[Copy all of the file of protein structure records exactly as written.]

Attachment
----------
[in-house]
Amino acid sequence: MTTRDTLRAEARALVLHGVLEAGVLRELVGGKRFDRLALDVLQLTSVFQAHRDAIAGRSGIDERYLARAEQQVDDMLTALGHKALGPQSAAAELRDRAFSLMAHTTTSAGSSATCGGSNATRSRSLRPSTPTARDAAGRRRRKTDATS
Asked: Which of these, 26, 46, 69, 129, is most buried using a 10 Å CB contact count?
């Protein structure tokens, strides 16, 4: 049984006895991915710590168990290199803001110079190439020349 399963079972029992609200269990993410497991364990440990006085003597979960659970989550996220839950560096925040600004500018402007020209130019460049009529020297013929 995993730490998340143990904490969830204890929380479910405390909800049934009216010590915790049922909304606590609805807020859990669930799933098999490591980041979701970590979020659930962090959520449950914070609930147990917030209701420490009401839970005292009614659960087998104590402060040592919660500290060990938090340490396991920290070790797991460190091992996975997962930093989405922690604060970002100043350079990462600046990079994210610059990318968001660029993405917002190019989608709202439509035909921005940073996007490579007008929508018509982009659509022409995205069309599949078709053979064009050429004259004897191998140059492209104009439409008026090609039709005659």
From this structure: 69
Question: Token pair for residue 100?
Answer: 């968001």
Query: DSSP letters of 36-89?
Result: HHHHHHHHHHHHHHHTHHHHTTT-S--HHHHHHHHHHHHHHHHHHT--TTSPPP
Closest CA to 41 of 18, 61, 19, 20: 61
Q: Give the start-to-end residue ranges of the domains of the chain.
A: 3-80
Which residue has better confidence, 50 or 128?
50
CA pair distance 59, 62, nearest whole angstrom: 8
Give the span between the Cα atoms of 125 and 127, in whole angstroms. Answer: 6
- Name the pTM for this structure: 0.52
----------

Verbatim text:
[in-house]
Amino acid sequence: MTTRDTLRAEARALVLHGVLEAGVLRELVGGKRFDRLALDVLQLTSVFQAHRDAIAGRSGIDERYLARAEQQVDDMLTALGHKALGPQSAAAELRDRAFSLMAHTTTSAGSSATCGGSNATRSRSLRPSTPTARDAAGRRRRKTDATS
Asked: Which of these, 26, 46, 69, 129, is most buried using a 10 Å CB contact count?
């Protein structure tokens, strides 16, 4: 049984006895991915710590168990290199803001110079190439020349 399963079972029992609200269990993410497991364990440990006085003597979960659970989550996220839950560096925040600004500018402007020209130019460049009529020297013929 995993730490998340143990904490969830204890929380479910405390909800049934009216010590915790049922909304606590609805807020859990669930799933098999490591980041979701970590979020659930962090959520449950914070609930147990917030209701420490009401839970005292009614659960087998104590402060040592919660500290060990938090340490396991920290070790797991460190091992996975997962930093989405922690604060970002100043350079990462600046990079994210610059990318968001660029993405917002190019989608709202439509035909921005940073996007490579007008929508018509982009659509022409995205069309599949078709053979064009050429004259004897191998140059492209104009439409008026090609039709005659």
From this structure: 69
Question: Token pair for residue 100?
Answer: 């968001």
Query: DSSP letters of 36-89?
Result: HHHHHHHHHHHHHHHTHHHHTTT-S--HHHHHHHHHHHHHHHHHHT--TTSPPP
Closest CA to 41 of 18, 61, 19, 20: 61
Q: Give the start-to-end residue ranges of the domains of the chain.
A: 3-80
Which residue has better confidence, 50 or 128?
50
CA pair distance 59, 62, nearest whole angstrom: 8
Give the span between the Cα atoms of 125 and 127, in whole angstroms. Answer: 6
- Name the pTM for this structure: 0.52